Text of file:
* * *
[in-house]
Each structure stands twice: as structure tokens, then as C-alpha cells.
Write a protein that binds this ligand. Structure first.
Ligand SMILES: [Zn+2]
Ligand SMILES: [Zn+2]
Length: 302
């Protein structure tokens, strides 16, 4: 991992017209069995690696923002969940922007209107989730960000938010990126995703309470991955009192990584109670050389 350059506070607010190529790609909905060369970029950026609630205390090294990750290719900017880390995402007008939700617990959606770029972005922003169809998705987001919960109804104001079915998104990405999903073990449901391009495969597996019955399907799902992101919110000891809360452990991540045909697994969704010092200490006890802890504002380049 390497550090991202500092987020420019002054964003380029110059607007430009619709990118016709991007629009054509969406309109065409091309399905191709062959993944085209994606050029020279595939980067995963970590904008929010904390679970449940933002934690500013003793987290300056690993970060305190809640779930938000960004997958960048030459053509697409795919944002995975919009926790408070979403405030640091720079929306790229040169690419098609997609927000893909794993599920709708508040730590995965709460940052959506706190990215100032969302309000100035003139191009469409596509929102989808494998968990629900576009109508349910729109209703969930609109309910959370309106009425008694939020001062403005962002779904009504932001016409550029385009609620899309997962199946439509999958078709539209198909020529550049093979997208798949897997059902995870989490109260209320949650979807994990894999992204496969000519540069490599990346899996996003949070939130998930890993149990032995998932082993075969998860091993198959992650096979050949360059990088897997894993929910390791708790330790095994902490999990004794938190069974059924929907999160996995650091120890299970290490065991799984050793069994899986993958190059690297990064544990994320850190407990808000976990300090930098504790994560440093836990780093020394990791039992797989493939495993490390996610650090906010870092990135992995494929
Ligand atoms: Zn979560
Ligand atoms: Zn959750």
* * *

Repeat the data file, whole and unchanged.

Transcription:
[in-house]
Each structure stands twice: as structure tokens, then as C-alpha cells.
Write a protein that binds this ligand. Structure first.
Ligand SMILES: [Zn+2]
Ligand SMILES: [Zn+2]
Length: 302
């Protein structure tokens, strides 16, 4: 991992017209069995690696923002969940922007209107989730960000938010990126995703309470991955009192990584109670050389 350059506070607010190529790609909905060369970029950026609630205390090294990750290719900017880390995402007008939700617990959606770029972005922003169809998705987001919960109804104001079915998104990405999903073990449901391009495969597996019955399907799902992101919110000891809360452990991540045909697994969704010092200490006890802890504002380049 390497550090991202500092987020420019002054964003380029110059607007430009619709990118016709991007629009054509969406309109065409091309399905191709062959993944085209994606050029020279595939980067995963970590904008929010904390679970449940933002934690500013003793987290300056690993970060305190809640779930938000960004997958960048030459053509697409795919944002995975919009926790408070979403405030640091720079929306790229040169690419098609997609927000893909794993599920709708508040730590995965709460940052959506706190990215100032969302309000100035003139191009469409596509929102989808494998968990629900576009109508349910729109209703969930609109309910959370309106009425008694939020001062403005962002779904009504932001016409550029385009609620899309997962199946439509999958078709539209198909020529550049093979997208798949897997059902995870989490109260209320949650979807994990894999992204496969000519540069490599990346899996996003949070939130998930890993149990032995998932082993075969998860091993198959992650096979050949360059990088897997894993929910390791708790330790095994902490999990004794938190069974059924929907999160996995650091120890299970290490065991799984050793069994899986993958190059690297990064544990994320850190407990808000976990300090930098504790994560440093836990780093020394990791039992797989493939495993490390996610650090906010870092990135992995494929
Ligand atoms: Zn979560
Ligand atoms: Zn959750």